Saturday, 17 March 2018


While February is the shortest month, I often find it's the longest. I'm tired of winter; I'm desperate for green things and warm sunshine, and I can't wait any longer for spring.

March, when it arrives, is filled with promises of things to come. There are warm spells; the snow recedes or even disappears; and spring seems definitely to be just around the corner.

In my neck of the woods, though, the snow disappeared only to return over the past week with a vengeance. This morning the wind seems to be blowing directly from the Arctic Circle onto my poor, shivering self. Winter reasserts its will with grim determination.

The forecast for next week calls for more of the same, but I look at the calendar and remind myself that it is, after all, March. April is coming. It can't stay winter forever.

Can it?

Tuesday, 6 March 2018


I don't usually read books about true crime. I prefer crime fiction, since I'm in the fiction business, but I made an exception recently to review I'LL BE GONE IN THE DARK by Michelle McNamara, and I'm very glad I did.

McNamara was a true crime blogger and journalist who spent every free hour of her time sifting through information about a serial rapist and murderer who committed numerous offences in California during the late 1970s and early 1980s. He had been connected not only to the crimes of the East Area Rapist but also the Original Night Stalker and perhaps the Ransacker as well.

The author used her blog to communicate with fellow amateur investigators, she kept in touch with detectives investigating the various series of crimes, and worked with other journalists. The search for this sexual predator was, as the subtitle suggests, an obsession.

When she passed away in her sleep unexpectedly in 2016 at the age of 46, she was in the process of writing this book. The manuscript was completed and prepared for publication by two friends who were also involved in her research. It's a remarkable book by a remarkable woman who passed away too soon.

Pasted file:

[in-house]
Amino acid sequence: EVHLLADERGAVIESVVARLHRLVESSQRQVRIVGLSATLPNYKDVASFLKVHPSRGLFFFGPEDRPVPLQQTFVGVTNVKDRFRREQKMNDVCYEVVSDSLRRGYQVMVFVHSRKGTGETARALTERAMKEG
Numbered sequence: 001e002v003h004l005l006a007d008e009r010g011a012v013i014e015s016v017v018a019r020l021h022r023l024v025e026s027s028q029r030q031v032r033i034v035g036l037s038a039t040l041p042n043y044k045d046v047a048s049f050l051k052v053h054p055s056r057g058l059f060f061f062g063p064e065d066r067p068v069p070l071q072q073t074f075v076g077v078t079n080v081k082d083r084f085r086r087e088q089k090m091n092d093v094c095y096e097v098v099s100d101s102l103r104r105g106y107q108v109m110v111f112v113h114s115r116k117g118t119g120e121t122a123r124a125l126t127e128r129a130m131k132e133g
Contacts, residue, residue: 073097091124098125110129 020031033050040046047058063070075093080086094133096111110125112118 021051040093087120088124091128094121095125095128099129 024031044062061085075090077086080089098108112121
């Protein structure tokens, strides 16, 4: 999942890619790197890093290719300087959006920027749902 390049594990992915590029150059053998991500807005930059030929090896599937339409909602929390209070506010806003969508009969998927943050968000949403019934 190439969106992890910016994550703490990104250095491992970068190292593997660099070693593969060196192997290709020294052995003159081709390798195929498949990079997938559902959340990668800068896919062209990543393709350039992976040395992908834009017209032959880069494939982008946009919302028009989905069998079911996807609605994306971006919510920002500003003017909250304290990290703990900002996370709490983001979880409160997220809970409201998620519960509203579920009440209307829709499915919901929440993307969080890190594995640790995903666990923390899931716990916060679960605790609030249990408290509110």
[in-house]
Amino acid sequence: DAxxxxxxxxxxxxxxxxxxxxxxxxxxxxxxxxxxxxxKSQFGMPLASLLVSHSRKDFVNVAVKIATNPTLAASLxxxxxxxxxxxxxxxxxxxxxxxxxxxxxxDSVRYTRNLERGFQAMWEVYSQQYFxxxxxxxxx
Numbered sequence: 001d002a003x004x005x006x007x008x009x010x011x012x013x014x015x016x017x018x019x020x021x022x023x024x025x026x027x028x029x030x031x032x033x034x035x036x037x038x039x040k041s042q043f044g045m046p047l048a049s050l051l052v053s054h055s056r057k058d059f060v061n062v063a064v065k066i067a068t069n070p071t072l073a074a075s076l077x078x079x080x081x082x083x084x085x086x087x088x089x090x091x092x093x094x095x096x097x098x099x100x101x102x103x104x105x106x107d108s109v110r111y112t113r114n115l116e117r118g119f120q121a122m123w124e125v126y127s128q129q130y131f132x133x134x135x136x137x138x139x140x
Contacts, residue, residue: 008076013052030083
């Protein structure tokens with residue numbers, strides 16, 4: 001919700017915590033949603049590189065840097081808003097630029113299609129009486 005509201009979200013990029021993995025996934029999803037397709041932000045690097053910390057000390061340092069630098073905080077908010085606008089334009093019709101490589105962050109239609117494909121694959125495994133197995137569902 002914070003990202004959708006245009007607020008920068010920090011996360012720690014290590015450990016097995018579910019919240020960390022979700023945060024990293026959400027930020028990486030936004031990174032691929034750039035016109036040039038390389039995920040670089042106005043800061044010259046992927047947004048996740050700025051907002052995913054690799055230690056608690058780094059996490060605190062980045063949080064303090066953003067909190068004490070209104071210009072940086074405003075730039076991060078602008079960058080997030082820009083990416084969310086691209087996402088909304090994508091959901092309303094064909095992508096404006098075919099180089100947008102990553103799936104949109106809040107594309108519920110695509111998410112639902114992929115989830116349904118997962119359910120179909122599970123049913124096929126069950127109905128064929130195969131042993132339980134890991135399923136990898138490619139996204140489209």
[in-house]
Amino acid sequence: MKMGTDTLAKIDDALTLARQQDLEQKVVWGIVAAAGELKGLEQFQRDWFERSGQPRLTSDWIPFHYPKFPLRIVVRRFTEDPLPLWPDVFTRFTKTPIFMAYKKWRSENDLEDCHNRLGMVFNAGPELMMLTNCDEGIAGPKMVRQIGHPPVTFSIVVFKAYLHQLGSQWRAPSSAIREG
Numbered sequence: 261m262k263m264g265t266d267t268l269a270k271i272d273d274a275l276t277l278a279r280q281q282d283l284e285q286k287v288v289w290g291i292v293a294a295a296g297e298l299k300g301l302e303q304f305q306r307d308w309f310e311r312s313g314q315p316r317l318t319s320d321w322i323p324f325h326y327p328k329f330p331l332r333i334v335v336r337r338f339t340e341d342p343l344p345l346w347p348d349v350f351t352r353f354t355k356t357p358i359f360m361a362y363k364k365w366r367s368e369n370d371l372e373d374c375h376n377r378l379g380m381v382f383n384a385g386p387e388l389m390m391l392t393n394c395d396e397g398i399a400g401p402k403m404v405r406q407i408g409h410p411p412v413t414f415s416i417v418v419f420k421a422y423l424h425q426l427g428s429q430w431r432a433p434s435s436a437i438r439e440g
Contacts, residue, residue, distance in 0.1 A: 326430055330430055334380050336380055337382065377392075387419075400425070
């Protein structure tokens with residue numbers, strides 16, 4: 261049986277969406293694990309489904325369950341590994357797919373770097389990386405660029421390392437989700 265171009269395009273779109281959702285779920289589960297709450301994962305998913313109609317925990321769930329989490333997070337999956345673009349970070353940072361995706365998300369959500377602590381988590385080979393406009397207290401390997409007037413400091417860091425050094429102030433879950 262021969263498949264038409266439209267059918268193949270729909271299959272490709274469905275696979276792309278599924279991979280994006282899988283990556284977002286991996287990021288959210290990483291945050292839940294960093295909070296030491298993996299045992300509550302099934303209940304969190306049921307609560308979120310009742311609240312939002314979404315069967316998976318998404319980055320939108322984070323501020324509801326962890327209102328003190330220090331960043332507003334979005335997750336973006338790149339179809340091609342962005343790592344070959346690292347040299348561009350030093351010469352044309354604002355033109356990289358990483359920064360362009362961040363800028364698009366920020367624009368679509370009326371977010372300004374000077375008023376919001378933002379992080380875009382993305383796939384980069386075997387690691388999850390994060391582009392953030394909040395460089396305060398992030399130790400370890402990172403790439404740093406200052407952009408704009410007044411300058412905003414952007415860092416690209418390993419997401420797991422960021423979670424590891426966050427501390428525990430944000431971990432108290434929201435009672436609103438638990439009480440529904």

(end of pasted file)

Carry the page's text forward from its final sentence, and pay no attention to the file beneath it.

Read my full review in the New York Journal of Books here.

Friday, 23 February 2018


For those of you who follow this blog on a regular basis (and I'm very grateful to both of you!) you'll remember that I do all of my writing these days in a rented basement office in the Burritt's Rapids Community Hall.

This little village is located on an island in the Rideau Canal system a kilometre upstream from Lock 17, south of Ottawa, our nation's capital. It's a remarkably quiet, friendly place, just perfect for me to spend the day focusing on what I love to do--write crime fiction.

Parks Canada is now in the process of repairing and restoring the swing bridge connecting the island to the south shore. The bridge has been there since 1897 and is still operated by hand. During the summer I often walk down from the community hall to the bridge on my lunch break to watch the boats pass by. It's remarkable in the 21st century to watch a Parks Canada employee (usually a summer student) cranking like crazy to swing the bridge out of the way of oncoming water traffic.

I took the above photo a couple of days ago as the work crew was preparing to remove the bridge and take it away to the place where it will be restored. As you can see on the far right, a temporary walkway has been built across the water. I took the photo from a parking area that will be maintained for the use of those who need to access the island from the south (e.g., residents!) and choose to park and walk. School buses also pick up and drop off kids here while the bridge is out of commission.